Some time this month (October 2014) Jody and I expect to announce a happy and blessed event: the arrival of our third grandchild, the first child of our daughter Betsy and her husband Phil. We will share that joy with Phil’s parents, Valerie and Elmer.
No doubt we will post photos of the baby, of the proud parents, of ourselves, of Mica the pit bull au pair, and of any other visitor we happen to encounter.
Before that happens I want to correct an error of omission. Since joining Facebook I have shared several links to articles written by our son Andy for the Emerging Scholars blog. I have not posted but one link to the work that Betsy has been doing. We thank God and pray every day for our children: Andy, Jodi, Betsy, Phil, Caleb, Sadie, and Baby Girl S. They are all amazing people and we marvel at the individuals they are and are becoming, but I want to put Betsy in the spotlight for a moment.
First, a little history. Betsy was graduated from Messiah College in 2004 with a BA in Human Development and Family Science. Similar to social work, this program trains students in human development and family dynamics, with a goal of enabling graduates to serve in programs and ministries that strengthen families and promote wellness of individuals and families. After spending a year in Venezuela working for a nonprofit that provides residential foster care and orphan care, Betsy came home, moved to Philadelphia, and began working for a U.S.-based nonprofit that provides foster care case management.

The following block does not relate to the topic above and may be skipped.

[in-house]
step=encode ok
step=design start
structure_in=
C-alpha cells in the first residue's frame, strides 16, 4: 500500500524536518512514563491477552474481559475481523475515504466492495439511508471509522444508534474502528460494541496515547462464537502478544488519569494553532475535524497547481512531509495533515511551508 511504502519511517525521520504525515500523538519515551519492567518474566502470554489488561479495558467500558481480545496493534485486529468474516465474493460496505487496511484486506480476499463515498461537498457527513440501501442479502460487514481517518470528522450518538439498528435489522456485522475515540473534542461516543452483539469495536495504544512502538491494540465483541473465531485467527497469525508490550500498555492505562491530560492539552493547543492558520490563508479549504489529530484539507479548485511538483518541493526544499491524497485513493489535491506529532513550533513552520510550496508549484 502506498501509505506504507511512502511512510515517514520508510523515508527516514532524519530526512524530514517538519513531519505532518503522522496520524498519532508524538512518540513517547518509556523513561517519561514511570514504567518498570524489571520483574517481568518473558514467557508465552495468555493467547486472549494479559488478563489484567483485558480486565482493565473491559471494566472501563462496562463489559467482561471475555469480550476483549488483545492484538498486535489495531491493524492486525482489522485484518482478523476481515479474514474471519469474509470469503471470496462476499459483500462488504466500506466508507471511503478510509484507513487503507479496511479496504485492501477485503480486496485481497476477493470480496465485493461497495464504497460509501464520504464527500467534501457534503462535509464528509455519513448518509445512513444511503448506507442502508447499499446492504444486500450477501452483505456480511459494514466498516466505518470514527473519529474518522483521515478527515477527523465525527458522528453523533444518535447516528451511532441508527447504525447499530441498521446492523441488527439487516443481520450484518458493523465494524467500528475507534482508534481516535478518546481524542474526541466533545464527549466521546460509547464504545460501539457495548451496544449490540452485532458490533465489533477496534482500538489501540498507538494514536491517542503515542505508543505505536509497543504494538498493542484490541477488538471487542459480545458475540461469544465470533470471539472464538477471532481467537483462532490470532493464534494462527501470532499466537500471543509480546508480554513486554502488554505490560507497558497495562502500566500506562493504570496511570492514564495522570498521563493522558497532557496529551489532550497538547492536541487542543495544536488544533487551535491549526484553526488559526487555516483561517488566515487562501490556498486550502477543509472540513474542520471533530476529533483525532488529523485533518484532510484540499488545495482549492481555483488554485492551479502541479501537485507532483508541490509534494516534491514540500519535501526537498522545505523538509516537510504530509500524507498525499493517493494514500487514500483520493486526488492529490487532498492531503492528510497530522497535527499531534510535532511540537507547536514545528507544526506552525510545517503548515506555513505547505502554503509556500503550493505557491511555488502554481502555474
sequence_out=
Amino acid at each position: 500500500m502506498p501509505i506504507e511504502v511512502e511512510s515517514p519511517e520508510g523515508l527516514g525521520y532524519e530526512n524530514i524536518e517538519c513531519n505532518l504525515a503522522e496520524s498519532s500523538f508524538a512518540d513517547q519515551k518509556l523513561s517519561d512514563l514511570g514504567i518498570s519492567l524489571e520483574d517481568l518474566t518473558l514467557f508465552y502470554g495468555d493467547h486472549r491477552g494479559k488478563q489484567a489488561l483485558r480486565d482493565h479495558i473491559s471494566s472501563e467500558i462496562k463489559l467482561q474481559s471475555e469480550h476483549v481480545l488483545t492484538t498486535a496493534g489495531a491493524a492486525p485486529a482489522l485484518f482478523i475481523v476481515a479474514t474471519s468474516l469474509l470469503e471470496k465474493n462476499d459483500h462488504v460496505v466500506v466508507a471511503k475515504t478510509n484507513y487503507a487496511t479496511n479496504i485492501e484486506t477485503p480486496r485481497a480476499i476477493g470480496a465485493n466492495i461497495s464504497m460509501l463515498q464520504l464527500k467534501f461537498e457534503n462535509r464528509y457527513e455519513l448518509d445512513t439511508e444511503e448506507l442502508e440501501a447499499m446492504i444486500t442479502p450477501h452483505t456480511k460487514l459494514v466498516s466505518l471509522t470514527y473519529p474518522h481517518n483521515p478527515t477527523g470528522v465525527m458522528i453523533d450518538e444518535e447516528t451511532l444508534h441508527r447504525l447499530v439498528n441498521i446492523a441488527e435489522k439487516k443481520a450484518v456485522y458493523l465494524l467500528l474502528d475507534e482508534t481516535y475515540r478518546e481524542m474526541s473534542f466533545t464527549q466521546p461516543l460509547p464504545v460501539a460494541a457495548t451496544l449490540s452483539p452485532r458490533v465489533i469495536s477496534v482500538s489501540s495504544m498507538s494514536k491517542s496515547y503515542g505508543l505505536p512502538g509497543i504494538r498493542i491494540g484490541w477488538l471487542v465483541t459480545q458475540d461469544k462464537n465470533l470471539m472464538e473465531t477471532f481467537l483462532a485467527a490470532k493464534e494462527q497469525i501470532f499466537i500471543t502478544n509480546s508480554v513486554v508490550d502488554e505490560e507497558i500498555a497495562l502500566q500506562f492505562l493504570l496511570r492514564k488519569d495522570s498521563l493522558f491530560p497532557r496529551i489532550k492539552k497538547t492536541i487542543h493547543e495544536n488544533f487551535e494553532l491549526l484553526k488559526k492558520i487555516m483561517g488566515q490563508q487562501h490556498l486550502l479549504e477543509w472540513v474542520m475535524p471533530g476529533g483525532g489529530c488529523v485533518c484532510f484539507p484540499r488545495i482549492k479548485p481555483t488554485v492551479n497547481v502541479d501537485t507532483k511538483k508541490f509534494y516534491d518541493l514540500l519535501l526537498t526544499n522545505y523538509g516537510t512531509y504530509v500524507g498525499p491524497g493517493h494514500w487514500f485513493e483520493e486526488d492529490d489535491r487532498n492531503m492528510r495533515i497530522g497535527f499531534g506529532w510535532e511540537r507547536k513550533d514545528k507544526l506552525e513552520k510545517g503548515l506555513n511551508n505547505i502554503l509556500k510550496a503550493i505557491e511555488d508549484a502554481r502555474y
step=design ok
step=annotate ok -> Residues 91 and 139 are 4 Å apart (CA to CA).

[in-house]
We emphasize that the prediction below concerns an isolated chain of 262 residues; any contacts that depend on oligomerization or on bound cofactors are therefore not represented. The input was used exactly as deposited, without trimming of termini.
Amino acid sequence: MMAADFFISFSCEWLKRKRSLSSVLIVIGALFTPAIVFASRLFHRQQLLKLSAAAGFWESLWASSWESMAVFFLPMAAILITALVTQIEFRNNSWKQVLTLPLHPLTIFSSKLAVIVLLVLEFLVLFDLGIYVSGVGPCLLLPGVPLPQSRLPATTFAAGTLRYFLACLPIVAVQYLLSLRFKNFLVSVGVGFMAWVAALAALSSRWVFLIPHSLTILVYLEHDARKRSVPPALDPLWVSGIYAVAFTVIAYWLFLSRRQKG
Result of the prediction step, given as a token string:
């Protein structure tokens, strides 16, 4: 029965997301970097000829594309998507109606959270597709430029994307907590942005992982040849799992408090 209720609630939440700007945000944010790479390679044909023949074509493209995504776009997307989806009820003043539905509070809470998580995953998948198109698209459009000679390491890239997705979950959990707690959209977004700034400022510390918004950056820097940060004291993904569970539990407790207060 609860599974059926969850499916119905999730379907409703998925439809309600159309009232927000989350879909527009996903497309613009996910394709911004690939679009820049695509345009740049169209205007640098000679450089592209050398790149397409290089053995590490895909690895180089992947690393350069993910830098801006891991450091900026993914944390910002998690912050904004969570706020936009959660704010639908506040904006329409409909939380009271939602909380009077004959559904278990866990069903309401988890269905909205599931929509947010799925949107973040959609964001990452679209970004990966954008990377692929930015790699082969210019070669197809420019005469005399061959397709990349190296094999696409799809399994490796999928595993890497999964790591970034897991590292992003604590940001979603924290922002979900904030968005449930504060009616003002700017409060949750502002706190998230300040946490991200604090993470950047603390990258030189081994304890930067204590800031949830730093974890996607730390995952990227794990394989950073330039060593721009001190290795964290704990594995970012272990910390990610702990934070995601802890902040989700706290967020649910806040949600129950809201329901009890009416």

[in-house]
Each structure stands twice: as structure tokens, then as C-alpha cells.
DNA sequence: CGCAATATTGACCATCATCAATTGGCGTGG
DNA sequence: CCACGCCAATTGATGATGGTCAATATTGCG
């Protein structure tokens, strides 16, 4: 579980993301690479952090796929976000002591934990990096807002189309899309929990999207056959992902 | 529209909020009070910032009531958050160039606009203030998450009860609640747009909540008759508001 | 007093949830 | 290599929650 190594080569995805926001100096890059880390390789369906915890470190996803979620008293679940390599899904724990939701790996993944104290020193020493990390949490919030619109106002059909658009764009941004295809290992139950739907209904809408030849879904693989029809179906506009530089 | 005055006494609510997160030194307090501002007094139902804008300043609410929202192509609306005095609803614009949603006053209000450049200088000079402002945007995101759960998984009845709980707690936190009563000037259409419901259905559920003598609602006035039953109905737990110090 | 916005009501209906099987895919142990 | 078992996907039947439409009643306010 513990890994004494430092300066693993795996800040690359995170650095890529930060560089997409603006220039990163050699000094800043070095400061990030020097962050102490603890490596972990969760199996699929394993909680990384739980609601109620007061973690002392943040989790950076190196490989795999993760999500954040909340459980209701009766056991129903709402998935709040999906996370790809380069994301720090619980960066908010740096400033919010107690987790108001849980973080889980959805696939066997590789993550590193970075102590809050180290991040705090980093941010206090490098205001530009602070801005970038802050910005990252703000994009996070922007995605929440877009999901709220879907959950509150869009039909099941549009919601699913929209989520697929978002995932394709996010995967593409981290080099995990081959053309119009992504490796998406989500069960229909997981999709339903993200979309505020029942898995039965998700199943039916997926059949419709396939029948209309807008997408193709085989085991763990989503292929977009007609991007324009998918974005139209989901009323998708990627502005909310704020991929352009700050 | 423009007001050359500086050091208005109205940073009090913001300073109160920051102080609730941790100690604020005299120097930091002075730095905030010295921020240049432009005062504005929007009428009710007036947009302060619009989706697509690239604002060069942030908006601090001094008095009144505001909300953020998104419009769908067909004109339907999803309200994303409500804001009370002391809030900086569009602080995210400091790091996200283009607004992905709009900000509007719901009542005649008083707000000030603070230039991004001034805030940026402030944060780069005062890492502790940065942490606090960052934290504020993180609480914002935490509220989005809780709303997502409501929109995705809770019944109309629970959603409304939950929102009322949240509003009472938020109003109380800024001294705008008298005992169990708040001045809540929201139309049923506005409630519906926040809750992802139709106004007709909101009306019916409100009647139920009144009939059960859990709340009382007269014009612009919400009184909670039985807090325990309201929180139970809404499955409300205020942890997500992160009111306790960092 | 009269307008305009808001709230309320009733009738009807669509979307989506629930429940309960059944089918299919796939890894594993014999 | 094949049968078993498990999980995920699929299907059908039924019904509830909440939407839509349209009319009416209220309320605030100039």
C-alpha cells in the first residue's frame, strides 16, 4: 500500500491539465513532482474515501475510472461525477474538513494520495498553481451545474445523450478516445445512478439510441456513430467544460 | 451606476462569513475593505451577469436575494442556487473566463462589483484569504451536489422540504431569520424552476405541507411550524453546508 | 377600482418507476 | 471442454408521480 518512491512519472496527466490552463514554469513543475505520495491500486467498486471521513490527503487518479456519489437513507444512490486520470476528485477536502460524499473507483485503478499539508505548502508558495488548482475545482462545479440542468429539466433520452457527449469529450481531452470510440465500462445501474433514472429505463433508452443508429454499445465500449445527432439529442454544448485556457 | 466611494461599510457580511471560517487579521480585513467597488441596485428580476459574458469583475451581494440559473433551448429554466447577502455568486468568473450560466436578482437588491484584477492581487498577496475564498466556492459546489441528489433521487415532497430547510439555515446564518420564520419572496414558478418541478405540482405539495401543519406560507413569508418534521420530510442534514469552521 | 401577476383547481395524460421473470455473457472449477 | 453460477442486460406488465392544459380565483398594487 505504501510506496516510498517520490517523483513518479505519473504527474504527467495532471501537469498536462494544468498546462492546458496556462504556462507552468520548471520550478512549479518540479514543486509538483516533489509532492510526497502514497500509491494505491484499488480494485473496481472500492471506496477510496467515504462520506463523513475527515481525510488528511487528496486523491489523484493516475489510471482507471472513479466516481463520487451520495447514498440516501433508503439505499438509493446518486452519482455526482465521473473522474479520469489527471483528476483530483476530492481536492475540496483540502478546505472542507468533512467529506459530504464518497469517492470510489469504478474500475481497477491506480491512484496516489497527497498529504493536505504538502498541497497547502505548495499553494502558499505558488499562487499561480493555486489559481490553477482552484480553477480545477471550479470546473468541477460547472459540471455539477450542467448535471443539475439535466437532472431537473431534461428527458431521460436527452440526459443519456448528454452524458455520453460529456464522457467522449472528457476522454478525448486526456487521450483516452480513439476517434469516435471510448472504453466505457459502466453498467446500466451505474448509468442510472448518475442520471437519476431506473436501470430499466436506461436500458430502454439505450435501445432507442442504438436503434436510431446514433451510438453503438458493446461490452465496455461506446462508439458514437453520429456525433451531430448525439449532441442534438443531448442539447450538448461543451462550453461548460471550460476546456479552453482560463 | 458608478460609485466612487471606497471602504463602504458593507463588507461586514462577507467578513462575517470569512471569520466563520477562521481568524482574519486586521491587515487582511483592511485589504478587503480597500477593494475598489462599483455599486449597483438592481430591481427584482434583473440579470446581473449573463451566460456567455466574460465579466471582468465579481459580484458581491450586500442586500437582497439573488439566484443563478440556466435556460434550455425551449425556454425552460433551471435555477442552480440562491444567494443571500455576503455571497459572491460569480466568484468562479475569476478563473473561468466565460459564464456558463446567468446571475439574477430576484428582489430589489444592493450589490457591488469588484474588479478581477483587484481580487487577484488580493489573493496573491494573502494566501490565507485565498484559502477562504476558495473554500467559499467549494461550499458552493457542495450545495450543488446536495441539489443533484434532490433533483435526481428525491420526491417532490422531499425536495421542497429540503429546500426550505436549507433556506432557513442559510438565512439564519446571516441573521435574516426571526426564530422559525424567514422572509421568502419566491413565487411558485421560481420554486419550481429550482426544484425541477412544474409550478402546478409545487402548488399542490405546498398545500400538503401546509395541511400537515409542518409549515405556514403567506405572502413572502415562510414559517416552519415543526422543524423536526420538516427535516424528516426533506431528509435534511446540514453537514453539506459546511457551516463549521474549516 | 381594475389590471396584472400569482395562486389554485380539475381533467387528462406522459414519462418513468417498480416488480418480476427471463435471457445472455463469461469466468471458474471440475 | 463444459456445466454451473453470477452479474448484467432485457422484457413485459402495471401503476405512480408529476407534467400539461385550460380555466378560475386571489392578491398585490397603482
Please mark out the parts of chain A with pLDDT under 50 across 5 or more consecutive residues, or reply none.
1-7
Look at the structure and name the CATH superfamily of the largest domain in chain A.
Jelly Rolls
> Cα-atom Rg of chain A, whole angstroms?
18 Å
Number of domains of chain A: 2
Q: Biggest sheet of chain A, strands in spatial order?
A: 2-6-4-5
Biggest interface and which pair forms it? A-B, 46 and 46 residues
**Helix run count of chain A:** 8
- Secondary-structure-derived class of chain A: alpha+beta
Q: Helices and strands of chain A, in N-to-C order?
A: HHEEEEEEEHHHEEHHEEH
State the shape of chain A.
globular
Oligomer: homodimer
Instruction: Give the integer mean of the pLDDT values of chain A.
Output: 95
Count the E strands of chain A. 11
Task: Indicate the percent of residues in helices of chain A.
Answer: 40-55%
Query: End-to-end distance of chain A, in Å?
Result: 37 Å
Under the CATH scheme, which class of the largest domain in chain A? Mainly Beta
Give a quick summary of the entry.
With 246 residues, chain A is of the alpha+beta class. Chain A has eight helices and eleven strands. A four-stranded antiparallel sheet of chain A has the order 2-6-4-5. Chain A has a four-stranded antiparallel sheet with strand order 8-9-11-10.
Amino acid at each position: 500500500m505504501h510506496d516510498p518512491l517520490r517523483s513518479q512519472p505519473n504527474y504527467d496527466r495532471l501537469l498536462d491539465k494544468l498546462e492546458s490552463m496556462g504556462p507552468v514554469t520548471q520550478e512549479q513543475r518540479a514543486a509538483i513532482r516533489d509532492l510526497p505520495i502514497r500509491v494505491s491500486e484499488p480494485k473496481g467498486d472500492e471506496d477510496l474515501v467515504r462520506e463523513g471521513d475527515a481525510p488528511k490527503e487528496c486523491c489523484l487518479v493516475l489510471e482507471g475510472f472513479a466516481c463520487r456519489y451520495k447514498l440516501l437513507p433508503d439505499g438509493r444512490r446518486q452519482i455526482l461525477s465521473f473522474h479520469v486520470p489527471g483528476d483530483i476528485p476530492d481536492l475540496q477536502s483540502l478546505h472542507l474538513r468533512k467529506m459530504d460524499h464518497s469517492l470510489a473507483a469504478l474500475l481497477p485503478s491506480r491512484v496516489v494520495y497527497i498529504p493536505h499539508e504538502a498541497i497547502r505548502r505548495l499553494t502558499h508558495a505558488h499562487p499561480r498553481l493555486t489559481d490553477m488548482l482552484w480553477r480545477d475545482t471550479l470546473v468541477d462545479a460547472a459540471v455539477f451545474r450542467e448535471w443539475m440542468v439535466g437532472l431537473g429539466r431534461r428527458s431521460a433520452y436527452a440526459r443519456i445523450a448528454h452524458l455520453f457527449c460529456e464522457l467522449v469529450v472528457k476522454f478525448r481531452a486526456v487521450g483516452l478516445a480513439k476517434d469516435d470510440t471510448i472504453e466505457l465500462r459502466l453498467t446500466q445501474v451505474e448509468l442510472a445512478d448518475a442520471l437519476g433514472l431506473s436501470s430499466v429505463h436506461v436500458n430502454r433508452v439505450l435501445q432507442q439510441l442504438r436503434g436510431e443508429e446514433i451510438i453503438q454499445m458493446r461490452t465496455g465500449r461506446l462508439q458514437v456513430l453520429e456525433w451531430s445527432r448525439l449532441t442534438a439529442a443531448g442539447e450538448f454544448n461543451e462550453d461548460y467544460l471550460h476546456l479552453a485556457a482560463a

Foster care is required when a family or a single parent is judged to be incapable of providing a safe, secure, and nurturing environment for a child. Foster care is always, ideally, a temporary solution. Once a child is removed to foster care, a secondary goal is introduced: to reunite with the parent or parents and support the parents in the appropriate care of the child.
What if families or single mothers could be helped and supported in such a way that enabled them to provide the proper care from the beginning of the child’s life? Think of the difference that would make in a city such as Philadelphia.
With that possibility in mind Betsy took a leap of faith. At the beginning of the recent recession she left her job in the foster care case management agency and enrolled in an academic program that would eventually award her an MBA in Urban Economic Development.
Betsy completed her MBA and began seeking a position where she could put that knowledge to effective use. As one might imagine, in a city that was struggling from the recession the opportunities for full-time work in urban economic development were limited. However, while working part time for another local nonprofit, Betsy learned about Cradle of Hope (http://cradleofhope.net/). This organization provides short-term residential support for young women who are single, pregnant, and short on the support and resources, especially housing, they might need to provide the proper care for their babies.
Soon after her initial contact with Cradle of Hope, Betsy was asked to serve on their board of directors. The organization then decided to take its own step of faith and create the full-time staff position of director of the residential facility. Betsy is a natural fit, of course, and began serving in that capacity in September 2013.
Now Cradle of Hope, with Betsy on staff, is stepping out in faith again. They are negotiating to purchase a house next door to their existing residence and renovate it, and use it to provide assistance to more women in need. Currently they are raising funds and are approximately two-thirds of the way to their goal of $90,000.
Please don’t feel obligated to give. If all you can do is respond to this post with well wishes for Betsy and Phil and their soon-to-arrive baby girl, God bless you. If you are able and feel compelled to do more, God bless you also.
Meanwhile, best wishes to you all for a pleasant and peaceful autumn. Check back here soon for photos of and stories of the adventures of Baby Girl S. and her family.
Thank you for reading.